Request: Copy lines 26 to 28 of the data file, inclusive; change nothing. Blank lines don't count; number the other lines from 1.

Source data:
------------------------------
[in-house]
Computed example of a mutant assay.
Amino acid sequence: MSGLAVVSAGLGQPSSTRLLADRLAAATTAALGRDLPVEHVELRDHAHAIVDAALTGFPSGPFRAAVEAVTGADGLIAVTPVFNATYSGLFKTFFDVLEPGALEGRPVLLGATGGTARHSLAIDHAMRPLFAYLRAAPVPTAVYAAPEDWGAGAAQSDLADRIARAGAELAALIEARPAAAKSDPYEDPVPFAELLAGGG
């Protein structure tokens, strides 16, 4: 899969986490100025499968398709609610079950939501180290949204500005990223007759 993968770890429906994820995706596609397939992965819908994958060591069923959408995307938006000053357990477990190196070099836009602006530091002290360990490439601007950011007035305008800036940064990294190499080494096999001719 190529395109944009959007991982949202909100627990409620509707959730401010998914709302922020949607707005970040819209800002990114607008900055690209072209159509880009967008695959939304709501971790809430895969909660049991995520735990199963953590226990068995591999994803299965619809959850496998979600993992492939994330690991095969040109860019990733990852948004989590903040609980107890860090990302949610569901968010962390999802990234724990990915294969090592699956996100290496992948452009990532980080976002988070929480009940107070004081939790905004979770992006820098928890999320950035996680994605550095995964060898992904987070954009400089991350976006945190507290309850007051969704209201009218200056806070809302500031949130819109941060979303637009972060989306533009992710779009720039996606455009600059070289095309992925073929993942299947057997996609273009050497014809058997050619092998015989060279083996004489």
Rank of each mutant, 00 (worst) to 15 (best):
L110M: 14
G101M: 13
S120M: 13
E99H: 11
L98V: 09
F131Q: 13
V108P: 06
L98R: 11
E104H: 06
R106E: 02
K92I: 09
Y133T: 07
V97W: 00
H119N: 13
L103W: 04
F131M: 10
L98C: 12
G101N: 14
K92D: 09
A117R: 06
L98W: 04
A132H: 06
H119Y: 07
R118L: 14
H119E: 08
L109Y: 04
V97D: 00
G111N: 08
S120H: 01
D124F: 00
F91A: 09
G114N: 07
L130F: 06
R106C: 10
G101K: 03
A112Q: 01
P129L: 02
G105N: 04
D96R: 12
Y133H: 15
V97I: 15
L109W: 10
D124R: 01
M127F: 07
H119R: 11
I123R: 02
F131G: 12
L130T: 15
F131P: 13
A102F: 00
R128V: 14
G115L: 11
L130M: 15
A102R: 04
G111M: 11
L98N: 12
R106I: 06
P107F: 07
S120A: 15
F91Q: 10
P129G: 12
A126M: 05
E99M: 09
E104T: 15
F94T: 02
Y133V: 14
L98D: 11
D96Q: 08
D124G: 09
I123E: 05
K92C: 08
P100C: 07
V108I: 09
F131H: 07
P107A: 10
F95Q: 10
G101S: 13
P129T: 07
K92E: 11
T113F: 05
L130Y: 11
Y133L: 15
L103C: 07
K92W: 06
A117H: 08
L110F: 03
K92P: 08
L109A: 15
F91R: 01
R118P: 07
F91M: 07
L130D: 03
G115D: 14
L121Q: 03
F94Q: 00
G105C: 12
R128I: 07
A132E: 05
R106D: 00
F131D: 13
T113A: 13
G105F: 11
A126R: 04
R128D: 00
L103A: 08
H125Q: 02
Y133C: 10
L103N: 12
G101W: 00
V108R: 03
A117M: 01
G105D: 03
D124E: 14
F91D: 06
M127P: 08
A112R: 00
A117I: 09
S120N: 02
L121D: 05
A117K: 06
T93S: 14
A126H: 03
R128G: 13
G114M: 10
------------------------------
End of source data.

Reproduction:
L98W: 04
A132H: 06
H119Y: 07